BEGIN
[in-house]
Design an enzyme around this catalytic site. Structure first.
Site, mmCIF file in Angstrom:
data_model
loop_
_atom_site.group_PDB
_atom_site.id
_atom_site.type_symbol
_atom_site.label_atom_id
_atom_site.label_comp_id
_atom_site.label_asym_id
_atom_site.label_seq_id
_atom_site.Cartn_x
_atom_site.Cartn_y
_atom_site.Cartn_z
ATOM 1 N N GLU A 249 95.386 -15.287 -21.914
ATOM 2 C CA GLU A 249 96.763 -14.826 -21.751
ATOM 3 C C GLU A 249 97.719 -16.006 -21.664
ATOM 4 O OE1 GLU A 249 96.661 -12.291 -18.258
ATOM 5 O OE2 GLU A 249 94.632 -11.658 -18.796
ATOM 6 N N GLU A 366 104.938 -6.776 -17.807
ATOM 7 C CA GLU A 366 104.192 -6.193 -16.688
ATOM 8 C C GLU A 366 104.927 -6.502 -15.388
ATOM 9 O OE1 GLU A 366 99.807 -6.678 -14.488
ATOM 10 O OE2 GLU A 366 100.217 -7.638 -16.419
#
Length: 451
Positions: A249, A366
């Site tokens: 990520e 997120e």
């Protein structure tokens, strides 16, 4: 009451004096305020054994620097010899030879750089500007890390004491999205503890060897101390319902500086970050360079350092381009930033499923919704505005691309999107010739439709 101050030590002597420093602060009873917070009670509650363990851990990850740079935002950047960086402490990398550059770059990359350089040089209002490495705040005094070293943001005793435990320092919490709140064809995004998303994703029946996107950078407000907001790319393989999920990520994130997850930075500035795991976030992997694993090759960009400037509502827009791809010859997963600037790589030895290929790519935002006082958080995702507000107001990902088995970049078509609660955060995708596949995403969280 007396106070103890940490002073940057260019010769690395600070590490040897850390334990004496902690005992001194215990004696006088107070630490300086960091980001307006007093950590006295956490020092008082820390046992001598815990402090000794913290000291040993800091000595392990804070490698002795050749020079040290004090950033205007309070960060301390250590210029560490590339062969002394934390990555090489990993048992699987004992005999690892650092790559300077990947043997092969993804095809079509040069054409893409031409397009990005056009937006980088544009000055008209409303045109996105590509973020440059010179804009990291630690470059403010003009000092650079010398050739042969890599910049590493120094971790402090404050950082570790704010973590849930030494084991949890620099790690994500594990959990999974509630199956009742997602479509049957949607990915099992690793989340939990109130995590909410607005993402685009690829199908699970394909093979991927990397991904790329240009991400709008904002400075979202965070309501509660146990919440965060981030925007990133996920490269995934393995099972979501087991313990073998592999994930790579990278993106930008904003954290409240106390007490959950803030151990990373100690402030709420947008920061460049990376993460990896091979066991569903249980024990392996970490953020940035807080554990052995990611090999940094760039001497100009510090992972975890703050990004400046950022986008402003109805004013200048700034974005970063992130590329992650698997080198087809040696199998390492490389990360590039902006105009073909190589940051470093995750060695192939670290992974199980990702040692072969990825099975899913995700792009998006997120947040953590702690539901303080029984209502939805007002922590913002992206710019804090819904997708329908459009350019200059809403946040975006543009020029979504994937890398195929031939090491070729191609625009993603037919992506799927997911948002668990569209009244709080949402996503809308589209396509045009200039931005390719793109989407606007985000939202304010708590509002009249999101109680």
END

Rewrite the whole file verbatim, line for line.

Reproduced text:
[in-house]
Design an enzyme around this catalytic site. Structure first.
Site, mmCIF file in Angstrom:
data_model
loop_
_atom_site.group_PDB
_atom_site.id
_atom_site.type_symbol
_atom_site.label_atom_id
_atom_site.label_comp_id
_atom_site.label_asym_id
_atom_site.label_seq_id
_atom_site.Cartn_x
_atom_site.Cartn_y
_atom_site.Cartn_z
ATOM 1 N N GLU A 249 95.386 -15.287 -21.914
ATOM 2 C CA GLU A 249 96.763 -14.826 -21.751
ATOM 3 C C GLU A 249 97.719 -16.006 -21.664
ATOM 4 O OE1 GLU A 249 96.661 -12.291 -18.258
ATOM 5 O OE2 GLU A 249 94.632 -11.658 -18.796
ATOM 6 N N GLU A 366 104.938 -6.776 -17.807
ATOM 7 C CA GLU A 366 104.192 -6.193 -16.688
ATOM 8 C C GLU A 366 104.927 -6.502 -15.388
ATOM 9 O OE1 GLU A 366 99.807 -6.678 -14.488
ATOM 10 O OE2 GLU A 366 100.217 -7.638 -16.419
#
Length: 451
Positions: A249, A366
């Site tokens: 990520e 997120e």
């Protein structure tokens, strides 16, 4: 009451004096305020054994620097010899030879750089500007890390004491999205503890060897101390319902500086970050360079350092381009930033499923919704505005691309999107010739439709 101050030590002597420093602060009873917070009670509650363990851990990850740079935002950047960086402490990398550059770059990359350089040089209002490495705040005094070293943001005793435990320092919490709140064809995004998303994703029946996107950078407000907001790319393989999920990520994130997850930075500035795991976030992997694993090759960009400037509502827009791809010859997963600037790589030895290929790519935002006082958080995702507000107001990902088995970049078509609660955060995708596949995403969280 007396106070103890940490002073940057260019010769690395600070590490040897850390334990004496902690005992001194215990004696006088107070630490300086960091980001307006007093950590006295956490020092008082820390046992001598815990402090000794913290000291040993800091000595392990804070490698002795050749020079040290004090950033205007309070960060301390250590210029560490590339062969002394934390990555090489990993048992699987004992005999690892650092790559300077990947043997092969993804095809079509040069054409893409031409397009990005056009937006980088544009000055008209409303045109996105590509973020440059010179804009990291630690470059403010003009000092650079010398050739042969890599910049590493120094971790402090404050950082570790704010973590849930030494084991949890620099790690994500594990959990999974509630199956009742997602479509049957949607990915099992690793989340939990109130995590909410607005993402685009690829199908699970394909093979991927990397991904790329240009991400709008904002400075979202965070309501509660146990919440965060981030925007990133996920490269995934393995099972979501087991313990073998592999994930790579990278993106930008904003954290409240106390007490959950803030151990990373100690402030709420947008920061460049990376993460990896091979066991569903249980024990392996970490953020940035807080554990052995990611090999940094760039001497100009510090992972975890703050990004400046950022986008402003109805004013200048700034974005970063992130590329992650698997080198087809040696199998390492490389990360590039902006105009073909190589940051470093995750060695192939670290992974199980990702040692072969990825099975899913995700792009998006997120947040953590702690539901303080029984209502939805007002922590913002992206710019804090819904997708329908459009350019200059809403946040975006543009020029979504994937890398195929031939090491070729191609625009993603037919992506799927997911948002668990569209009244709080949402996503809308589209396509045009200039931005390719793109989407606007985000939202304010708590509002009249999101109680």